Bill Murdoch has raised his hand at Queen’s Park. His message: “Hang on folks, let’s rethink this wind power business.”
Murdoch wants a moratorium on further big wind power development projects until provincial health and environmental authorities can attest to their safety, for people and for livestock.
This comes late in the game. The Green Energy Act is law. Regulations on wind turbine setbacks have been set. Wind energy companies are buying up rights in Grey- Bruce.
For this wave of big-money development to grind to a halt now will require a significant expression of political will.
Yet that is precisely what is required.
For the massive wind projects that have gone up in communities such as Shelburne have not come without controversy. Some residents who live nearest the turbines are not happy.
There are concerns about serious effects on health. Some who live near the machines report they have trouble sleeping and concentrating. There are reports of similar effects on livestock.
Yet the planning on these massive industrial projects continues apace, driven by political and economic imperatives in Toronto.
Do we need these massive machines on our landscape? Do we want them? What are the tangible and intangible costs of putting them up? What are the benefits to local people?
Ontario derives half its energy from nuclear power. Wind energy currently accounts for just over 1,000 megawatts. That’s enough power, according to the Ontario government, to power a decent-sized city — 300,000 homes.
The big project in Shelburne, 133 wind turbines, produces just shy of 200 megawatts.
Wind power remains a drop in the bucket, in other words. Are rural people being saddled with industrial wind turbines for appearances’ sake? Are there no smarter, smaller, less intrusive ways to “go green?”
Why is the Ontario government not massively subsidizing micro-projects — family-sized solar, wind, geo-thermal and hydro technology? The technology exists. It works.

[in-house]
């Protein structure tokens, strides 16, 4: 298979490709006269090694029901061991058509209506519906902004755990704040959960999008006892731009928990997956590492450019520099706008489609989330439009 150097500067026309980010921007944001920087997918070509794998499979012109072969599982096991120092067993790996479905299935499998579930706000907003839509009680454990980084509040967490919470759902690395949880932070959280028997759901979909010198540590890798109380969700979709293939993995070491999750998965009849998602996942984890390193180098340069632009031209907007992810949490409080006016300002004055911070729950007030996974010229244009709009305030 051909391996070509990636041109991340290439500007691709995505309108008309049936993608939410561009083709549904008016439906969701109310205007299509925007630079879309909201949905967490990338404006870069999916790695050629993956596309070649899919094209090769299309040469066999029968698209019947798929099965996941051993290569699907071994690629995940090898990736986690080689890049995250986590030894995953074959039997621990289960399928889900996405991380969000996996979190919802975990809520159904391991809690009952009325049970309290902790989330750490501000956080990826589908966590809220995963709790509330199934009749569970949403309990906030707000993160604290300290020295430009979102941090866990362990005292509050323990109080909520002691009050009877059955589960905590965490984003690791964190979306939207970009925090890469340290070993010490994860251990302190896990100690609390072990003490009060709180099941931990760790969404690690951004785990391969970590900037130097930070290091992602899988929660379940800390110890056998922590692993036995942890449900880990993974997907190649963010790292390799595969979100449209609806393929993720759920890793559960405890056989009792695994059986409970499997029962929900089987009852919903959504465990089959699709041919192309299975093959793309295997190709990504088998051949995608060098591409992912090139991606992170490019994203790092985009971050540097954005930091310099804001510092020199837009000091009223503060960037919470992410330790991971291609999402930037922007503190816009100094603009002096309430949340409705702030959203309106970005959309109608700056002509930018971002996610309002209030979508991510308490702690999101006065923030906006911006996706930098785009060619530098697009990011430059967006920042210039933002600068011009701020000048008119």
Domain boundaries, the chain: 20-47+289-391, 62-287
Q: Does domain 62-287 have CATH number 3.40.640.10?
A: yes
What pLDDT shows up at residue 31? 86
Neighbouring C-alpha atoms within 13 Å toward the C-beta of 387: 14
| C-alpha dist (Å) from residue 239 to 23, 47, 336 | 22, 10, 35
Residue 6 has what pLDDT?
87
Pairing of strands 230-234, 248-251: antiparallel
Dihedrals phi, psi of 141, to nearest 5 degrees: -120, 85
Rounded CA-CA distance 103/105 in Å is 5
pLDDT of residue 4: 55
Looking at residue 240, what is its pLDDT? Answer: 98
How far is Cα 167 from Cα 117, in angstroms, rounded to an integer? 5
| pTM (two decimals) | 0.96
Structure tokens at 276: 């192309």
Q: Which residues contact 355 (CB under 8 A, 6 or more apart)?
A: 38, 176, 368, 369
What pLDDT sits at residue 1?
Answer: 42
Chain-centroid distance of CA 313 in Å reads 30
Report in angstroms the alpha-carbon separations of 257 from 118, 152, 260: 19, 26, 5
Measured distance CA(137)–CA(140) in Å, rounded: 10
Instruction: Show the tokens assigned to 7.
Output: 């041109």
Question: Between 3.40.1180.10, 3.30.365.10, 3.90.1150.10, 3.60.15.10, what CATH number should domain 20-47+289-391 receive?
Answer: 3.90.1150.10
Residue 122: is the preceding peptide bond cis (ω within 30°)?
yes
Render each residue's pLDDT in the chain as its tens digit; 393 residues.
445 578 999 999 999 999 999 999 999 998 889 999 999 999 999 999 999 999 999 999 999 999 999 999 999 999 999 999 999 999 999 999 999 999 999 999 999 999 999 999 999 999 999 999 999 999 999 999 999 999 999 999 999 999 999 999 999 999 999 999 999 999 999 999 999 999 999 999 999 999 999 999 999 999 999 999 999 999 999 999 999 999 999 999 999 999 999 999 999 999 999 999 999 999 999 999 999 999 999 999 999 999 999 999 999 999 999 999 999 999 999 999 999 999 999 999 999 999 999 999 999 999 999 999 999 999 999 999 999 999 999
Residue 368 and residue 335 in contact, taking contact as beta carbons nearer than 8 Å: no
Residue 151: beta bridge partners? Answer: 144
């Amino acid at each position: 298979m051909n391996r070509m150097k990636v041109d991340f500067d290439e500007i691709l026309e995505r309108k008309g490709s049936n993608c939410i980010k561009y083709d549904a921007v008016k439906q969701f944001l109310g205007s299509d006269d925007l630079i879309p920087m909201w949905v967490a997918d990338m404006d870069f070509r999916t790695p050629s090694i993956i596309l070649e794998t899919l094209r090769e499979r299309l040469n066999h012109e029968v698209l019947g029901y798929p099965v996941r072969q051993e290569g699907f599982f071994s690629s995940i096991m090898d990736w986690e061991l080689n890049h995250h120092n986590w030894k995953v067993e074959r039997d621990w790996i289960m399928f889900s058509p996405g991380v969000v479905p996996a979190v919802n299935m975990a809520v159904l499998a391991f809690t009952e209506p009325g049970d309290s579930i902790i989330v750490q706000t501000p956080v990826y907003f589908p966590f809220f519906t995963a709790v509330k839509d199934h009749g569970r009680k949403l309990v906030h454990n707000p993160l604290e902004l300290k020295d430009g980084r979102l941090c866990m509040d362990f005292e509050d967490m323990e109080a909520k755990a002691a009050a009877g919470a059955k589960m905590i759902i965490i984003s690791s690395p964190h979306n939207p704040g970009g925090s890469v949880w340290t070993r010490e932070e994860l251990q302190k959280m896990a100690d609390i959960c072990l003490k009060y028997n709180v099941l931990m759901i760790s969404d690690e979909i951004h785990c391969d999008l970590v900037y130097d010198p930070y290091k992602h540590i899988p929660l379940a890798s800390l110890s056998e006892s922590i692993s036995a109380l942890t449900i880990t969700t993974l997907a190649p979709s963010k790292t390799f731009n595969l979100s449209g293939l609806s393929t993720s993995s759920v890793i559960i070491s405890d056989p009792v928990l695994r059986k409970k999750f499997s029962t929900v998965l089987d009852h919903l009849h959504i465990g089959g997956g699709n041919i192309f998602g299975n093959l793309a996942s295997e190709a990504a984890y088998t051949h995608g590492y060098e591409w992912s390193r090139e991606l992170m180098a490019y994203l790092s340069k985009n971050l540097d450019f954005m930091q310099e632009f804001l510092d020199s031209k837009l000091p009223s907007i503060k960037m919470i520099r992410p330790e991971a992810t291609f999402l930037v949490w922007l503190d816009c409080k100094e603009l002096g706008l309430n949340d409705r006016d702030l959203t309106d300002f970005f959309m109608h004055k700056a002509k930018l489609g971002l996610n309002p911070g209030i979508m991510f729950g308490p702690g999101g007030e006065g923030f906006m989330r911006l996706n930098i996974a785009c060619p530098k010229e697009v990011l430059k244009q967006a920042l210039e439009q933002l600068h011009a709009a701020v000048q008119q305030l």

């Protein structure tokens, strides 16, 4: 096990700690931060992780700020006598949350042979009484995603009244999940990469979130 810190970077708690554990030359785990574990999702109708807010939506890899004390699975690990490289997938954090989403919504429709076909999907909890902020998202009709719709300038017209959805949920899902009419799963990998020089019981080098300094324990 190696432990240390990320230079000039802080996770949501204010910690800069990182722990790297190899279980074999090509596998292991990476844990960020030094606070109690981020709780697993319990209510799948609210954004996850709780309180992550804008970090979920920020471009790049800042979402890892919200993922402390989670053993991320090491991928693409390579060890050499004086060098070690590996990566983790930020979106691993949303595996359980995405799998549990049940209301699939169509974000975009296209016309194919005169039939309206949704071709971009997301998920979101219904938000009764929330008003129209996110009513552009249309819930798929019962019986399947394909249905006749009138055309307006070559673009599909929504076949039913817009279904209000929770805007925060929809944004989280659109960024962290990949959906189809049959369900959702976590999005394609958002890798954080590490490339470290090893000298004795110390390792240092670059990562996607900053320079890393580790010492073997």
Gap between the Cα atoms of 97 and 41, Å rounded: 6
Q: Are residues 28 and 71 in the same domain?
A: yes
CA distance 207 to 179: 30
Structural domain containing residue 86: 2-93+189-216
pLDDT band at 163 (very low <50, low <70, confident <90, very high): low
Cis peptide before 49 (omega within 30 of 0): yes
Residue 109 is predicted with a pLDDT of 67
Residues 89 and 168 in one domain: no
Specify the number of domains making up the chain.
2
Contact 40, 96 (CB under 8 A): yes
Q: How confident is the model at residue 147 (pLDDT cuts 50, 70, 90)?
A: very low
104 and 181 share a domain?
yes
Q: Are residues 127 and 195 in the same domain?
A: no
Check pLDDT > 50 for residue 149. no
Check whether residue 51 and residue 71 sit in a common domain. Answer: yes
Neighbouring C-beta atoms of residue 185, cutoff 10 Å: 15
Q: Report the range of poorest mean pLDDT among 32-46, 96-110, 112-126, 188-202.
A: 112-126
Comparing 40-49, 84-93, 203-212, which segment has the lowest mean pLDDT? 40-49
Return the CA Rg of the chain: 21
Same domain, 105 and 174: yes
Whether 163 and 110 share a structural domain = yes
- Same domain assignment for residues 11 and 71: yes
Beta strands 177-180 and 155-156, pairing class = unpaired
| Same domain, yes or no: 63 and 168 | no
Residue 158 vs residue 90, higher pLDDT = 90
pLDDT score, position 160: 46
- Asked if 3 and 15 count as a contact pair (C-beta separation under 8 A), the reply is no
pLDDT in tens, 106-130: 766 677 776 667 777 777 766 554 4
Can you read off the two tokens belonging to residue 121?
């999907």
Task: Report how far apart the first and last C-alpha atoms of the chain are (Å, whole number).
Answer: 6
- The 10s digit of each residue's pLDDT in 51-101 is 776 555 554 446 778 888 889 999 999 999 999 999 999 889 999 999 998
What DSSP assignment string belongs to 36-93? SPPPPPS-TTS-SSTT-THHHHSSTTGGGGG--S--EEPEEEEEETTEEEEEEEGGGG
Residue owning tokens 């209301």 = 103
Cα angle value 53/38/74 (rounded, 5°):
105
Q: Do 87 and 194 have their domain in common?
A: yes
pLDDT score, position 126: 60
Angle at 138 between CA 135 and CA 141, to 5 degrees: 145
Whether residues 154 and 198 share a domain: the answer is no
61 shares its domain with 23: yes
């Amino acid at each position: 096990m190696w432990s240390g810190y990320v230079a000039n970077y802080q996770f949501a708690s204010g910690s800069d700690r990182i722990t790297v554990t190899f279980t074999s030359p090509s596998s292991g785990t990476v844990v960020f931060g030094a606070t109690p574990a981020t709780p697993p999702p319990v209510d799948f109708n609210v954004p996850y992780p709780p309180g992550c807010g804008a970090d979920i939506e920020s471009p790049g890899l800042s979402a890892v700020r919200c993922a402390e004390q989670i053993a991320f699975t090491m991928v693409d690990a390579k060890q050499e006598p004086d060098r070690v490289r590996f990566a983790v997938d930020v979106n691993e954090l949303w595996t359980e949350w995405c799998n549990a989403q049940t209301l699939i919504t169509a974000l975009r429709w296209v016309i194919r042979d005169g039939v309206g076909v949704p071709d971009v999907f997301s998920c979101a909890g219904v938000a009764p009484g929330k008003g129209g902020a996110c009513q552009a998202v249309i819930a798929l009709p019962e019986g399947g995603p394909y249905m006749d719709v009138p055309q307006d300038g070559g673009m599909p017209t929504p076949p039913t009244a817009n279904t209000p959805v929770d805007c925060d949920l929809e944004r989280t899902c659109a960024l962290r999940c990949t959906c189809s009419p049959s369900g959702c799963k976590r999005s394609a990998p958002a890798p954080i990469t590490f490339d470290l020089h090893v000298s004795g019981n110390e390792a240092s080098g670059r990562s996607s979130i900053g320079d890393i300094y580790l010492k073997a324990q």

Wouldn’t it be preferable for individual farmers and landowners to have small windmills to meet their own energy needs and sell what leftover power they have to the grid?
Grey and Bruce counties are an ecological and environmental jewel. The quiet farms and homesteads, the rolling hills, the Escarpment. Is it so easy to set that aside? How do industrial wind projects fit into the imperative of stewardship of the land?
Urban proponents of these projects will argue that it’s all about NIMBY — Not In My Back Yard. That’s absolutely right. Most reasonable people would not want a 90-foot turbine in their back yard, or anywhere close to it.
Why should landowners who wish to profit from the wind industry foist their decisions on neighbouring landowners who may not?
What tangible and intangible values are derived from something so simple as a farmstead’s unimpeded view of Georgian Bay?
Decisions about major wind projects are not simply a matter of private transactions between wind companies and landowners who wish to sell wind rights.
Every nearby landowner has a stake. The community has a stake.
The provincial government has rushed headlong towards big industrial wind power for reasons of its own. The desire to go green is laudable. But there are other ways to skin that cat. Perhaps, better ways.
It’s time for a serious, full and fair discussion about the benefits and pitfalls of Big Wind Power, including possible effects on human health and quality of life. In the meantime development should stop.
Good for Murdoch for raising his hand.